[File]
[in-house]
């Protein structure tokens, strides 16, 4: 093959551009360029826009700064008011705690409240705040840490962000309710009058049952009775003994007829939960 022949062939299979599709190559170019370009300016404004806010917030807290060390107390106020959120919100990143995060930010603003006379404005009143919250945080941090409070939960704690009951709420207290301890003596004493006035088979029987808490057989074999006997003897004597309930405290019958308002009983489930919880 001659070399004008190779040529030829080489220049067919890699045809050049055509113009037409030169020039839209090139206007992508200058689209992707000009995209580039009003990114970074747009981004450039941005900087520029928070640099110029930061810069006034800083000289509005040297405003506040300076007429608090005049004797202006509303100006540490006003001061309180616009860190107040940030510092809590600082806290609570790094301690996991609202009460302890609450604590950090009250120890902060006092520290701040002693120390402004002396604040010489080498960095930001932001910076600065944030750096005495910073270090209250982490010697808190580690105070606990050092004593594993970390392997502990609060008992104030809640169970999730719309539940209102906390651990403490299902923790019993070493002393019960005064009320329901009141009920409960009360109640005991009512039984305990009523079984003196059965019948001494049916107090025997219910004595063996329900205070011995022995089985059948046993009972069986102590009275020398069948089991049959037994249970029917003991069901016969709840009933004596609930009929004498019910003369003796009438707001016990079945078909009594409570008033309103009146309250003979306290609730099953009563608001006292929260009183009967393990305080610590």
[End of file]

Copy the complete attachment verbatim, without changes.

[in-house]
């Protein structure tokens, strides 16, 4: 093959551009360029826009700064008011705690409240705040840490962000309710009058049952009775003994007829939960 022949062939299979599709190559170019370009300016404004806010917030807290060390107390106020959120919100990143995060930010603003006379404005009143919250945080941090409070939960704690009951709420207290301890003596004493006035088979029987808490057989074999006997003897004597309930405290019958308002009983489930919880 001659070399004008190779040529030829080489220049067919890699045809050049055509113009037409030169020039839209090139206007992508200058689209992707000009995209580039009003990114970074747009981004450039941005900087520029928070640099110029930061810069006034800083000289509005040297405003506040300076007429608090005049004797202006509303100006540490006003001061309180616009860190107040940030510092809590600082806290609570790094301690996991609202009460302890609450604590950090009250120890902060006092520290701040002693120390402004002396604040010489080498960095930001932001910076600065944030750096005495910073270090209250982490010697808190580690105070606990050092004593594993970390392997502990609060008992104030809640169970999730719309539940209102906390651990403490299902923790019993070493002393019960005064009320329901009141009920409960009360109640005991009512039984305990009523079984003196059965019948001494049916107090025997219910004595063996329900205070011995022995089985059948046993009972069986102590009275020398069948089991049959037994249970029917003991069901016969709840009933004596609930009929004498019910003369003796009438707001016990079945078909009594409570008033309103009146309250003979306290609730099953009563608001006292929260009183009967393990305080610590």